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Politics & Government

Stories about politics and government actions

steve carmody / Michigan Radio

The Environmental Protection Agency is giving the city of Flint and the state of Michigan until early next year to get its plans in place for switching to the KWA water pipeline.

Eventually, the city of Flint’s tap water will come from the Karegnondi Water Authority pipeline. But the EPA says there are a few things that have to happen first.   

Mistakes made the last time Flint tried treating its own drinking damaged pipes with leached lead into the tap water. 

A demolition in Detroit.
City of Detroit / via Facebook

A federal investigation into Detroit’s demolition program under Mayor Mike Duggan seems to be picking up speed, and possibly widening in scope.

Federal agents visited the Detroit land bank Wednesday.

The land bank has used almost $130 million in federal money, originally allocated for foreclosure prevention, on demolitions as part of Duggan’s aggressive blight elimination campaign.

“The biggest fear is that we would go backwards into fear rather than forward into hope. That we’d go backwards into polarization, not forward into unity. We’ve made an awful lot of progress in the last 50 years, and that progress is now threatened.”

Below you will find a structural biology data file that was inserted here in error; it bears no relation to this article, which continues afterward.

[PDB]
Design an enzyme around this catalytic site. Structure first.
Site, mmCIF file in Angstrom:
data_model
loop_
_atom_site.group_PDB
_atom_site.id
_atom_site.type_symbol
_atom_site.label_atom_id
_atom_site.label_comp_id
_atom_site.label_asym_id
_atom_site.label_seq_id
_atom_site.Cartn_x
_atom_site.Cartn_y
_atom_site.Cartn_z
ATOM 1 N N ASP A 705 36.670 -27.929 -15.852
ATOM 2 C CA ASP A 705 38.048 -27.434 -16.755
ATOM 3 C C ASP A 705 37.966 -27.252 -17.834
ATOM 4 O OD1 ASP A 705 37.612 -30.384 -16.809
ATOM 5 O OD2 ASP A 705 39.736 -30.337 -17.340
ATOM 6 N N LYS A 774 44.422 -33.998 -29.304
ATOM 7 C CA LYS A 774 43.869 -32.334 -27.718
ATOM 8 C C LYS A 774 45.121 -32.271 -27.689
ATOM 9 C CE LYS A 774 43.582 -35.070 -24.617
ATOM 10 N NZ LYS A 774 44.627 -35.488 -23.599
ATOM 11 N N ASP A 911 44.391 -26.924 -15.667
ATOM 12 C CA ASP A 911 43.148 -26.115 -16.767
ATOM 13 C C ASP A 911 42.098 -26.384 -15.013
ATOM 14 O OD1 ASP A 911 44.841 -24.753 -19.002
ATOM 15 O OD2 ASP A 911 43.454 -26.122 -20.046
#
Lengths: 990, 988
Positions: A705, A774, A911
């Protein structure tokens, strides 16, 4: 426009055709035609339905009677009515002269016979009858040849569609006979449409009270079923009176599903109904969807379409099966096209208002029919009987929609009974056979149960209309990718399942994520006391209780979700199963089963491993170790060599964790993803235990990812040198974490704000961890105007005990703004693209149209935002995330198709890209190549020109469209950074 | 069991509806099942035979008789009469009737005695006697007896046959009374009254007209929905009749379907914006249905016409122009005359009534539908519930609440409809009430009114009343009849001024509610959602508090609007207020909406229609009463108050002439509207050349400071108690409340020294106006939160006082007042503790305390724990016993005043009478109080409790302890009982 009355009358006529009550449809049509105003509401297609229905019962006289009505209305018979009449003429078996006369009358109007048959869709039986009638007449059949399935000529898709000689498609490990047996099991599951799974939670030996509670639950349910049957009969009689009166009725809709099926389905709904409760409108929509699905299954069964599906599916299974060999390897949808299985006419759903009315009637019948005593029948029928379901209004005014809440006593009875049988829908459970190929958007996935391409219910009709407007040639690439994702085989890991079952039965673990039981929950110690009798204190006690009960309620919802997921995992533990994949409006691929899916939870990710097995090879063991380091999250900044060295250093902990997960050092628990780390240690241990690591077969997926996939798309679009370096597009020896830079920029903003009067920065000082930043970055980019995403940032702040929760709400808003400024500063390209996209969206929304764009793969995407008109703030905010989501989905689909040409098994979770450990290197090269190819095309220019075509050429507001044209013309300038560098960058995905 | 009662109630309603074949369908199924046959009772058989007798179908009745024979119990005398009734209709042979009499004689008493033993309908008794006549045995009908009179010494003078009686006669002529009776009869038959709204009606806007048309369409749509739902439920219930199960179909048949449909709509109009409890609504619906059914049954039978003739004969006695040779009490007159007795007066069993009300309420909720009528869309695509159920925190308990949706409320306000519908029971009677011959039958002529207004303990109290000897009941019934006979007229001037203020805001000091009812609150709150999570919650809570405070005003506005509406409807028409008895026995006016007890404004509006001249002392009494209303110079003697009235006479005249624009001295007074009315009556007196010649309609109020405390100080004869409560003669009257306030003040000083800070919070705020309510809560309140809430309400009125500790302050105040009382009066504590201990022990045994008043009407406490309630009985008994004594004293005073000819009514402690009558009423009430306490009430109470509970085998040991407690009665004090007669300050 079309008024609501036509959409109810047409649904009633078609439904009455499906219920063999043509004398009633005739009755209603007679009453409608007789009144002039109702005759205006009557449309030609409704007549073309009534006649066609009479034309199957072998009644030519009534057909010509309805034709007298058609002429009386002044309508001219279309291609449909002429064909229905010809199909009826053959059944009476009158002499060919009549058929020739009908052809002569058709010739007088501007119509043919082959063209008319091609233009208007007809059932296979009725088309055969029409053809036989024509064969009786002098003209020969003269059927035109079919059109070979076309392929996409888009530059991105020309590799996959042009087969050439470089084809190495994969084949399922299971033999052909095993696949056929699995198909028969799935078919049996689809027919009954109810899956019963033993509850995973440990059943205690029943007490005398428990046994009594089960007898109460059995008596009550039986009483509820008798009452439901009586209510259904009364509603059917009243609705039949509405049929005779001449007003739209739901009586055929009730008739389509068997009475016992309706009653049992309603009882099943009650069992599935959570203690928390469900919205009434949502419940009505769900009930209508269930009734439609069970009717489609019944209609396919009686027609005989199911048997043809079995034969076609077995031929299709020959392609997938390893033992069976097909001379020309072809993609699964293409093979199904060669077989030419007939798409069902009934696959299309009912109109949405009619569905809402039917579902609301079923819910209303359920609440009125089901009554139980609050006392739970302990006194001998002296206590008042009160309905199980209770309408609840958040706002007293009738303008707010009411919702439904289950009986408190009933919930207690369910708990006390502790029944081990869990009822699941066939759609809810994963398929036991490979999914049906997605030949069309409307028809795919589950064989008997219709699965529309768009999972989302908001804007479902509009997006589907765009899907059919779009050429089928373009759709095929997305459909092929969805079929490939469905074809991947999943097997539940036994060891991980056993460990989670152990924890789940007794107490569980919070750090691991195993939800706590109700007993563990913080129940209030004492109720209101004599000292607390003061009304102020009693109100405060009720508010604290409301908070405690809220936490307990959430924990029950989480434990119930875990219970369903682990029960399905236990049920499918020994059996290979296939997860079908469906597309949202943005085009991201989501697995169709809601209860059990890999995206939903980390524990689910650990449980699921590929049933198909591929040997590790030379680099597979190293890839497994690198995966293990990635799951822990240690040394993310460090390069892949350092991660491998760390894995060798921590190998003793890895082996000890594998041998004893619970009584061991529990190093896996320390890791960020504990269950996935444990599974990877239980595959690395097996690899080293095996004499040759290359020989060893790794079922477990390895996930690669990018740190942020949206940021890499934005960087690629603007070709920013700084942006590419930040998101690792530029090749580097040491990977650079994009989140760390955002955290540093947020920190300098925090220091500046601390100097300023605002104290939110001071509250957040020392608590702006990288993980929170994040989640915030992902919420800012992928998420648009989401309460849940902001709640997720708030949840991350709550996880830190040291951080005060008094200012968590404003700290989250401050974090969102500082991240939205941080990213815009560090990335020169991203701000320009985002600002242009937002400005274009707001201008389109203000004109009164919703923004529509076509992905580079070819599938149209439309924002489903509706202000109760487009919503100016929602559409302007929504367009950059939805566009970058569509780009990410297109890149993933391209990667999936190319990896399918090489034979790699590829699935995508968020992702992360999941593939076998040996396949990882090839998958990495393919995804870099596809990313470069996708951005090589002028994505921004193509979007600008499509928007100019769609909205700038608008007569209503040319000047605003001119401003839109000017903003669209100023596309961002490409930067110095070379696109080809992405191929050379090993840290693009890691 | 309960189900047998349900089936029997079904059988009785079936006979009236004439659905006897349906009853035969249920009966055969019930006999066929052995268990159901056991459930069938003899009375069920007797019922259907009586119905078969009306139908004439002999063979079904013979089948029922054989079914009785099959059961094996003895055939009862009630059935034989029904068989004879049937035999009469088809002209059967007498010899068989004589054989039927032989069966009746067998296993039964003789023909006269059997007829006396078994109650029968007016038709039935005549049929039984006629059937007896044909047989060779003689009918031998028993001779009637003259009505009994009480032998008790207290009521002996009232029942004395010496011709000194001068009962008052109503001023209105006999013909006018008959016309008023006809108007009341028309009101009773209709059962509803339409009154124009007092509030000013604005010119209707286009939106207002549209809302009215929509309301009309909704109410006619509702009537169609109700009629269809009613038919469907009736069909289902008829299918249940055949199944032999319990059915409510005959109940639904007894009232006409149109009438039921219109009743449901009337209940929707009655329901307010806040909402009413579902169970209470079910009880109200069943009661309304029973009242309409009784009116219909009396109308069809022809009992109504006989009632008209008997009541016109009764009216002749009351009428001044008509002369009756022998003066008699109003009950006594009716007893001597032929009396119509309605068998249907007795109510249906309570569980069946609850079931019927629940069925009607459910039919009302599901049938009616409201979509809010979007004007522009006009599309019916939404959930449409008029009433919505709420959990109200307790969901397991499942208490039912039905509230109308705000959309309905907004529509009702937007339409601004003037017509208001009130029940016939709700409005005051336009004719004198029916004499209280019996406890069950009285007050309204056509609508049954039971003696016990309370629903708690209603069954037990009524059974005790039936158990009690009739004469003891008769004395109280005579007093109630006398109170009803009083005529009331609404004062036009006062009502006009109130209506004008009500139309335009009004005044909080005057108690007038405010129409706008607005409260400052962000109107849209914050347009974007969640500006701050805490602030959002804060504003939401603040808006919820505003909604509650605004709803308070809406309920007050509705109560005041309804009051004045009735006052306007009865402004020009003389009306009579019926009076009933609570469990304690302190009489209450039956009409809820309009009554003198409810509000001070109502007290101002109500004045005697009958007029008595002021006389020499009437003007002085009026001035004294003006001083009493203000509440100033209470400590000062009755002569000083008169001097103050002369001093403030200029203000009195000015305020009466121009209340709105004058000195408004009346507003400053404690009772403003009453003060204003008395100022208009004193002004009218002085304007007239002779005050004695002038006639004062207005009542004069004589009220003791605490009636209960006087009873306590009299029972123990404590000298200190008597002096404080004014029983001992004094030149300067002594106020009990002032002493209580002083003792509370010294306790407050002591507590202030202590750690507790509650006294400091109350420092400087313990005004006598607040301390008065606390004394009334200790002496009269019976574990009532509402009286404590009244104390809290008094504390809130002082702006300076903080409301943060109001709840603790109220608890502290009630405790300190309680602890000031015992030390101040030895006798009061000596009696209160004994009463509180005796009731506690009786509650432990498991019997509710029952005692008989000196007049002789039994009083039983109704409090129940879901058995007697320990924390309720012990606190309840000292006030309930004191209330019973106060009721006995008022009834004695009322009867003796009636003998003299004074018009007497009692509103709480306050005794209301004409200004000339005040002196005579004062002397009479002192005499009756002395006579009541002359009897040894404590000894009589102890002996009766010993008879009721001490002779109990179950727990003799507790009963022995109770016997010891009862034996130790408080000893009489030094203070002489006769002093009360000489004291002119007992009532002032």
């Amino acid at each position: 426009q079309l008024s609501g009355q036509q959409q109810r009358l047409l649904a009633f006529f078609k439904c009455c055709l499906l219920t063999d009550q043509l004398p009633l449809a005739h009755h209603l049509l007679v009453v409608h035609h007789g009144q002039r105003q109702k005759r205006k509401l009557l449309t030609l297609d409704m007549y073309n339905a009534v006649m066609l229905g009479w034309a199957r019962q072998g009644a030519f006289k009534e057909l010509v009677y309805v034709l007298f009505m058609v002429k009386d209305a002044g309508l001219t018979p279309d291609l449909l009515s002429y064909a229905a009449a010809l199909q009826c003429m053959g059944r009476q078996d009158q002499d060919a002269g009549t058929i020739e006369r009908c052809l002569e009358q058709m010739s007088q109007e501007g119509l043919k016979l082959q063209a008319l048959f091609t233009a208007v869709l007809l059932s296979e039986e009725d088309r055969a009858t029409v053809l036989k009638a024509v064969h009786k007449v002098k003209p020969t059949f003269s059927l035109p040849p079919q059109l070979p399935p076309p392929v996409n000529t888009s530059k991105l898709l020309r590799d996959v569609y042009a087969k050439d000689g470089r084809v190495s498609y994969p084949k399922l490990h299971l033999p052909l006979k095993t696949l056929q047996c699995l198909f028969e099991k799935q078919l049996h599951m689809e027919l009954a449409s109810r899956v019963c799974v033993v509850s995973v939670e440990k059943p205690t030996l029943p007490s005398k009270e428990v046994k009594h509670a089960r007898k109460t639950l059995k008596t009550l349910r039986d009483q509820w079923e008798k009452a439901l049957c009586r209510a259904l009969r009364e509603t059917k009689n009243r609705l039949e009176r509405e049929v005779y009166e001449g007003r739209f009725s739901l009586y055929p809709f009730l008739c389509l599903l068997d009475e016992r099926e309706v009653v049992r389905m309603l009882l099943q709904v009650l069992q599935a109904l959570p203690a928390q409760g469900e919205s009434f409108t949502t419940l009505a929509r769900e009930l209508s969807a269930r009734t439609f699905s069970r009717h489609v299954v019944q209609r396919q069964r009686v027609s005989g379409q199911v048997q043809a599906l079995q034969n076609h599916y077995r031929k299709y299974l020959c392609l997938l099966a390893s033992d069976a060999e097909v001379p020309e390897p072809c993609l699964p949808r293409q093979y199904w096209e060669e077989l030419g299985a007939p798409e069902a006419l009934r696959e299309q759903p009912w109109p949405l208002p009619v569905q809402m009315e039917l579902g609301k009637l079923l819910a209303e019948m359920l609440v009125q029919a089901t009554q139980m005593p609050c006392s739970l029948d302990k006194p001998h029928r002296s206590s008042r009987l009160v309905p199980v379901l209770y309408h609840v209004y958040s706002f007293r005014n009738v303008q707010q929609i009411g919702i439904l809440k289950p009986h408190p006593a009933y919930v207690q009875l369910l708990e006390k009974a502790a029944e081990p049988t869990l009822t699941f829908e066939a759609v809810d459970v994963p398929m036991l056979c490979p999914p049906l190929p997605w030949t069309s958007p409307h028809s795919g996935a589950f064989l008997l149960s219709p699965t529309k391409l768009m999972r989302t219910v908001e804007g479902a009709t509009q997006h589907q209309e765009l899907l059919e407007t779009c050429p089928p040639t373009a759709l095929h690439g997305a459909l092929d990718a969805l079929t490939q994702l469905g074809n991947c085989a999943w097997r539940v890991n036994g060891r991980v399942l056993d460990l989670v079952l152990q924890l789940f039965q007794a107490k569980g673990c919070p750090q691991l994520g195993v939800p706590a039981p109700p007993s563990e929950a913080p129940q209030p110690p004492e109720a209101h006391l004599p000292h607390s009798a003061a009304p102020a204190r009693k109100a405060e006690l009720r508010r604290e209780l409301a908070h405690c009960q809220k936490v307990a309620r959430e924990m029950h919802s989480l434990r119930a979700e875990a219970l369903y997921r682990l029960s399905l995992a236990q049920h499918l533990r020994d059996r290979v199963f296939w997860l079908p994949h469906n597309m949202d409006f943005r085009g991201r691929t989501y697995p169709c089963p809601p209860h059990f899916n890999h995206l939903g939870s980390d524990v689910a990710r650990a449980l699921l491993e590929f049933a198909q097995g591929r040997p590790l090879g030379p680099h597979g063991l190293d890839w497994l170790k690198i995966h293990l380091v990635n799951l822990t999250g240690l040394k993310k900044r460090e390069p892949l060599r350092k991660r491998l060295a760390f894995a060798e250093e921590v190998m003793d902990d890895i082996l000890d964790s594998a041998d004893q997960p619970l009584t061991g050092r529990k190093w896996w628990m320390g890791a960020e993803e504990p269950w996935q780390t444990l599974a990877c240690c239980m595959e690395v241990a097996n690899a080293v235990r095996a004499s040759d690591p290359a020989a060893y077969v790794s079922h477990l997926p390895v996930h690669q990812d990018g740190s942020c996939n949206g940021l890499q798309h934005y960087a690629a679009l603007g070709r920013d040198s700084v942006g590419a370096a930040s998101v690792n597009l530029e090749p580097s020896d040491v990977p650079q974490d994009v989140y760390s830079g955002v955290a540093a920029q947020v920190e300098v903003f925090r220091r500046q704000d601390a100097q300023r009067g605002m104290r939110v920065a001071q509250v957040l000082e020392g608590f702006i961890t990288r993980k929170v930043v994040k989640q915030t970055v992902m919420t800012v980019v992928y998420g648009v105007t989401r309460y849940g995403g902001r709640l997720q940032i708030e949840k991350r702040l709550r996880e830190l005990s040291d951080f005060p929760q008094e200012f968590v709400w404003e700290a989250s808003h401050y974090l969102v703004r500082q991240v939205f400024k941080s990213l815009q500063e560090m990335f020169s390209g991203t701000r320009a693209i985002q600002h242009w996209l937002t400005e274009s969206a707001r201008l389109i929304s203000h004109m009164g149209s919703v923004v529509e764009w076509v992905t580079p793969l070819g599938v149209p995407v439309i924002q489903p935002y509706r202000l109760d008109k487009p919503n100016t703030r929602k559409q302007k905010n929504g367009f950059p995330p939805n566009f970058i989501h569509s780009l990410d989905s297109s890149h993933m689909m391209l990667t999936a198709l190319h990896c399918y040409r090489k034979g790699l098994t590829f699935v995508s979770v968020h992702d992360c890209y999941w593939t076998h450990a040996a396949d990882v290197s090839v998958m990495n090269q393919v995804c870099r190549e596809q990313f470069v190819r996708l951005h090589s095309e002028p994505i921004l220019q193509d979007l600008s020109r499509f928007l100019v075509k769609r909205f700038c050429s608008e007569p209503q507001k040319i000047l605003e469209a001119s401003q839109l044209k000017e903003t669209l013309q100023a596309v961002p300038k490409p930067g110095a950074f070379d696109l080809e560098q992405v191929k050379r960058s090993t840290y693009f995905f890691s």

Laura Weber / MPRN

 

A week ago, we woke up to the news that Donald Trump is our president-elect.

Since that day, we’ve seen a flood of reported hate incidents across the country.

Antonin / FLICKR CREATIVE COMMONS HTTP://MICHRAD.IO/1LXRDJM

Like their national counterparts, organizations like the American Civil Liberties Union of Michigan and Planned Parenthood of Michigan  have seen dramatic increases in contributions  in the week since Election Day to help them fight any efforts by the Trump administration to undermine their causes.  

"Given the very overt threats to our work and the women we serve throughout the campaign, people turned to Planned Parenthood and felt like what they could do is offer their time and their resources," said Lori Carpentier, president and CEO of Planned Parenthood of Michigan.

Jack Lessenberry
Michigan Radio

Election 2016 triggered anti-Trump protests and vigils across the country, including some on college campuses in Michigan.

For This Week in Michigan Politics, Morning Edition host Doug Tribou and senior news analyst Jack Lessenberry discuss how schools should handle that conversation and the responsibilities of community leaders in places where post-election threats and bullying have occurred.

They also discuss Gov. Rick Snyder's trip to China and his priorities as he heads into the final two years of his term.


The RTA identified the Michigan Avenue Corridor as one of the areas that would have benefited from a regional transit system, had the millage passed.
Regional Transit Authority

It's back to the drawing board for those who've been working towards a true regional transportation system for Southeast Michigan.